Belgian firm deploys 70 turbines at SA wind farms
Belgian multinational company Sarens has played a critical role in installing 70 turbines at two wind farms in SA, as the country makes moves to add renewable energy sources to the grid.
Sarens is participating in the development of the renewable energy industry in Africa in the two new wind farms, Karosa and Soetwater, which are in the midst of construction in South Africa.
The company specialises in crane rental services, heavy lifting and engineered transport.
In a statement, the company says these two farm projects began in 2019 and work is expected to be finalised by the middle of the year.
The Belgian company has been in charge of transporting, lifting and placing 70 turbines that make up the projects.
When completed, these wind farms will produce 280 000kW of energy for the country, which, according to the United Nations Development Programme, would provide energy for 1 534 families in the region per year.
South Africa has been gradually making strides in adding green energy sources to the grid in a move aimed at plugging the country’s electricity shortfall.
This, as state-owned power utility Eskom, which provides over 90% of the county’s electricity, has over the years implemented multiple bouts of load-shedding, much to the detriment of the fragile economy.
In the midst of the electricity crisis, SA’s renewables sector is calling for the acceleration of green energy generation, as the country was last week again thrown into darkness by the latest bout of load-shedding.
Eskom suspended load-shedding at 8pm on Sunday.
Enel, through its renewable subsidiary Enel Green Power SA, commenced construction of the Karusa and Soetwater wind farms in 2019.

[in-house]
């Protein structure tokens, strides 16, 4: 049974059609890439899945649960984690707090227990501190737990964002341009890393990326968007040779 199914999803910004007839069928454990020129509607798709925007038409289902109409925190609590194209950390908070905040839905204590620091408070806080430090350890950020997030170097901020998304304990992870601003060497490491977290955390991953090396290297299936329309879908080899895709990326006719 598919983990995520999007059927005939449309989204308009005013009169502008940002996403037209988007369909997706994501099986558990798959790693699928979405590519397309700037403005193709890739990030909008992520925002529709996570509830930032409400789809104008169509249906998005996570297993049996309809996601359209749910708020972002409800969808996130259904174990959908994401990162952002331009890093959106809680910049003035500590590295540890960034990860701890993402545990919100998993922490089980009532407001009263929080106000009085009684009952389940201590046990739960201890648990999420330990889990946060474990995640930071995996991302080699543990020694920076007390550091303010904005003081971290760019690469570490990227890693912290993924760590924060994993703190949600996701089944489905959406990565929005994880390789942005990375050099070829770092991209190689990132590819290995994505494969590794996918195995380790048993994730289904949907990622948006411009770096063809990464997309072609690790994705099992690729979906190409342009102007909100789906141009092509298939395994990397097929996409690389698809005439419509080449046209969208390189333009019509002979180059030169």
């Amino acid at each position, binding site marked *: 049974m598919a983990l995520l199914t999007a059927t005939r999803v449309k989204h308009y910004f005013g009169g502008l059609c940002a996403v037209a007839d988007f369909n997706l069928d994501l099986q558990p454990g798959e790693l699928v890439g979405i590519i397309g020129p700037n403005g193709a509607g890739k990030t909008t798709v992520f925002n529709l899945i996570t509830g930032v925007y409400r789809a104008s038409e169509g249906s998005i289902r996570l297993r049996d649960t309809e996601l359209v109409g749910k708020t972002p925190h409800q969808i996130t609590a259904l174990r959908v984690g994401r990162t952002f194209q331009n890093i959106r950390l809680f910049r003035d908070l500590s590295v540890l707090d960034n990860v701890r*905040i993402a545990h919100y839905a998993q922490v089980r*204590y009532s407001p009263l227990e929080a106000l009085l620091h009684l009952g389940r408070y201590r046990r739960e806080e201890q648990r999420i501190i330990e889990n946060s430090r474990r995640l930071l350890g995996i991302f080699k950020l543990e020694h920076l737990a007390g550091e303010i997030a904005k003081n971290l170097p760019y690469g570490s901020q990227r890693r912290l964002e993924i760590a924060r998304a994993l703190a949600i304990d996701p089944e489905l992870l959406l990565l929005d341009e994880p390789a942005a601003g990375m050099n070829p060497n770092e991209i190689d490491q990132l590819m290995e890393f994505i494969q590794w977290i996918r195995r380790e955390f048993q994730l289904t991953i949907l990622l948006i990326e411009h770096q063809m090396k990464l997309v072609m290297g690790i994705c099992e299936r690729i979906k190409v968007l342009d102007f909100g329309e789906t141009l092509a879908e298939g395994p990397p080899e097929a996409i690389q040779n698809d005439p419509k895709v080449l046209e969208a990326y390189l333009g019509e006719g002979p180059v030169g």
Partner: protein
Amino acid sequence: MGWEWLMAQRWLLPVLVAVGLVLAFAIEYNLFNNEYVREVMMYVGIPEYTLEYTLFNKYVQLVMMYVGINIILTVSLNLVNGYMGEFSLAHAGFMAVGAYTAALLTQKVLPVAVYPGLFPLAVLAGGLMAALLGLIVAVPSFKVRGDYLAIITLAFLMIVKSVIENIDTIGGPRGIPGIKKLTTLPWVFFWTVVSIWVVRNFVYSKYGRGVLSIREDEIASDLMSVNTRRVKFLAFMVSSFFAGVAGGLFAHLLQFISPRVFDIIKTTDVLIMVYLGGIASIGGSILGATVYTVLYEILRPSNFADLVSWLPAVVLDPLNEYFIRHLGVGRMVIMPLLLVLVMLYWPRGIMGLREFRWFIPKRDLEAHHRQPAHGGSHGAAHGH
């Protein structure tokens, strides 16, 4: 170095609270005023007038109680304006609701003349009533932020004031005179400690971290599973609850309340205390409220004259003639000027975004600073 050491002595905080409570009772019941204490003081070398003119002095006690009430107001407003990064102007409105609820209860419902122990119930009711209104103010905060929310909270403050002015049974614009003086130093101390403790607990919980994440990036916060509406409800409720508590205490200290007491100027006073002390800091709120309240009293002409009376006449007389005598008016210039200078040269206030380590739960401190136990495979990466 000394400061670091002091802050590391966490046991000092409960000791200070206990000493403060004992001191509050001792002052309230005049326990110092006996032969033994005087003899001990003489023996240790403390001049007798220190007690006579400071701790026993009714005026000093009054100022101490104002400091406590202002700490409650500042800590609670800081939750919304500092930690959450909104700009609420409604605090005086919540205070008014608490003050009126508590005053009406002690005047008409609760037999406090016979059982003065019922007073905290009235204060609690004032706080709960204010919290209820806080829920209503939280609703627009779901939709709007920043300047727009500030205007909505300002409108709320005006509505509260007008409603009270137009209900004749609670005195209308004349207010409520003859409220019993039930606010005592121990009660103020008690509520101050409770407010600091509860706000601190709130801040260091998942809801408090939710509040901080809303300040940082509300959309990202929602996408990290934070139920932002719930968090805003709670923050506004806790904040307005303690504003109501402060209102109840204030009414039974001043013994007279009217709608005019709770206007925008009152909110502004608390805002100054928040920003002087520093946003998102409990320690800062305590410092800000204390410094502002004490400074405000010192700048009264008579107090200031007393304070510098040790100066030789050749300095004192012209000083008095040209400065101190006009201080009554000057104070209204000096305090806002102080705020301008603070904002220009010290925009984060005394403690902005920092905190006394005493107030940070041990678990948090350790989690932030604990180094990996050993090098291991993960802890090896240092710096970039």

The wind farms will be supported by a 20-year power supply agreement with Eskom, in line with government’s independent power producer programme.
To start its work, Sarens says it mobilised all the necessary material and equipment from its headquarters in Port Elizabeth, a journey of approximately 1 290km by road.
It explains this entire process took two weeks from the headquarters to the location of the wind farms in the Northern Cape province.
The complexity of the journey lies in the amount of machinery transported; nevertheless, the result was a success, by using nine additional trucks to transport the AC500 crane, says the company.
The material and machinery selected for this job were chosen considering the relocation times. “Therefore, the trucks and cranes chosen for this job favoured a fast and optimal operation, eliminating any downtime,” Sarens says.
Once the equipment and material were at the first location, the company notes the construction took only 15 hours despite poor weather and terrain conditions.
Afterwards, it adds, the team moved on to the next plot, where the installation of a new turbine would be carried out.
According to Sarens, this process was repeated 70 times until all the turbines were assembled.